Truck-less freight system prototype introduced by Texas A&M

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Texas A&M’s Freight Shuttle SystemTexas A&M’s Freight Shuttle System

Texas A&M University earlier this month unveiled a plan 18 years in the works for a truck-less freight movement system.

University officials and Texas Gov. Greg Abbott introduced the Freight Shuttle System, an electric, elevated railway network that transports loaded trailers without the tractors from one distribution point to another, according to a report from Dallas ABC affiliate WFAA.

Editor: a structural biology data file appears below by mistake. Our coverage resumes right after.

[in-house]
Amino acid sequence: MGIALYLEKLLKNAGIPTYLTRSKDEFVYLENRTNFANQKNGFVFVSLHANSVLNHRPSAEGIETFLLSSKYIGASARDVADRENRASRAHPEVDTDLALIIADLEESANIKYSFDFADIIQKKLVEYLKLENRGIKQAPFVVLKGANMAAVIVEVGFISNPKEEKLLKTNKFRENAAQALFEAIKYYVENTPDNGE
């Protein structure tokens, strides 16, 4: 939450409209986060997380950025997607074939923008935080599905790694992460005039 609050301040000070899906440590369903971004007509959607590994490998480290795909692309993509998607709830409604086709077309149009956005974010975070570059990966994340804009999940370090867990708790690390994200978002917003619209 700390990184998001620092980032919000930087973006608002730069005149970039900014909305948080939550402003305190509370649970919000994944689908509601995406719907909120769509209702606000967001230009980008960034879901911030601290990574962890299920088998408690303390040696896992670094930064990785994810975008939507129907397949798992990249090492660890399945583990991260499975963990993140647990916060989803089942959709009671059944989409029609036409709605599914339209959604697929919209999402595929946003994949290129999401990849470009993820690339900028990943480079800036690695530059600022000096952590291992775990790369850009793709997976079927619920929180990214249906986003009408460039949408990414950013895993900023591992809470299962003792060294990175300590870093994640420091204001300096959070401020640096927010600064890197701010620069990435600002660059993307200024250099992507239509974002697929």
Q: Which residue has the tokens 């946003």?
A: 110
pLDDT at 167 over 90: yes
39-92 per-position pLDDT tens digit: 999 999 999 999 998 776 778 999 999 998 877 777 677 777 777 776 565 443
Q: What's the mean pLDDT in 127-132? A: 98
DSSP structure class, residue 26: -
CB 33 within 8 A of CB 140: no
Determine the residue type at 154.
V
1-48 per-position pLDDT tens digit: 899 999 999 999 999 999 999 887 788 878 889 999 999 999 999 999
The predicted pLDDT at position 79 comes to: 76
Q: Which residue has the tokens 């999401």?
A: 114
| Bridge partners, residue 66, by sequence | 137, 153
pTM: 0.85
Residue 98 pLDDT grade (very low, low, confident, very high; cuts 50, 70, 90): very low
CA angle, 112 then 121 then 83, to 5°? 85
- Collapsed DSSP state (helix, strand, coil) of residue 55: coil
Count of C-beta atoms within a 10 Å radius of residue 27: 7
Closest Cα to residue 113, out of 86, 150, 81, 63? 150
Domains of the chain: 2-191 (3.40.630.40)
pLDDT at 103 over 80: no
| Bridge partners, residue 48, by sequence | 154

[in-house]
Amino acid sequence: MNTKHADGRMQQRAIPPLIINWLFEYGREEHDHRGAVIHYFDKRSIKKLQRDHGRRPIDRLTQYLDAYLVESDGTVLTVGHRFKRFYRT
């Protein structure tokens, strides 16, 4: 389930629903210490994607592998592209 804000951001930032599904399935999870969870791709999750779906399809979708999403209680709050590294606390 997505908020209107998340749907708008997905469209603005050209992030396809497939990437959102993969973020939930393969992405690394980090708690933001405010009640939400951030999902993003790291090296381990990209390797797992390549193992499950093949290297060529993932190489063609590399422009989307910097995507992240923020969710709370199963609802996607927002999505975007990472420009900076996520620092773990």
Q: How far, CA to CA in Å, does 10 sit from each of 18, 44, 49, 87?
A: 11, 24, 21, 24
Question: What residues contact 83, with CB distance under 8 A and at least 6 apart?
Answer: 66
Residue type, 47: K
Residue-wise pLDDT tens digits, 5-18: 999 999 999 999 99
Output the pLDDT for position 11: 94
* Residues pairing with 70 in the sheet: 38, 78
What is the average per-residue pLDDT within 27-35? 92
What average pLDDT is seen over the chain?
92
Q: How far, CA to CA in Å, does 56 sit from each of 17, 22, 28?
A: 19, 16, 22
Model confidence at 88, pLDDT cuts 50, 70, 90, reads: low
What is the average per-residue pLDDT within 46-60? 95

The transporter can move 70,000 pounds of freight at 60 miles per hour up to a distance of 500 miles using two-thirds less energy than a conventional diesel truck, according to the university.

The WFAA report adds that the Port of Houston Authority has said it is in the process of building a five-mile system, which can be extended up to 20 miles, linking two container terminals.

Freight Shuttle International, a private corporation founded in 2005, has been funding the truck-free project and shares 17 patents with Texas A&M, the WFAA report states.

The following video from the university explains how the system is designed to work: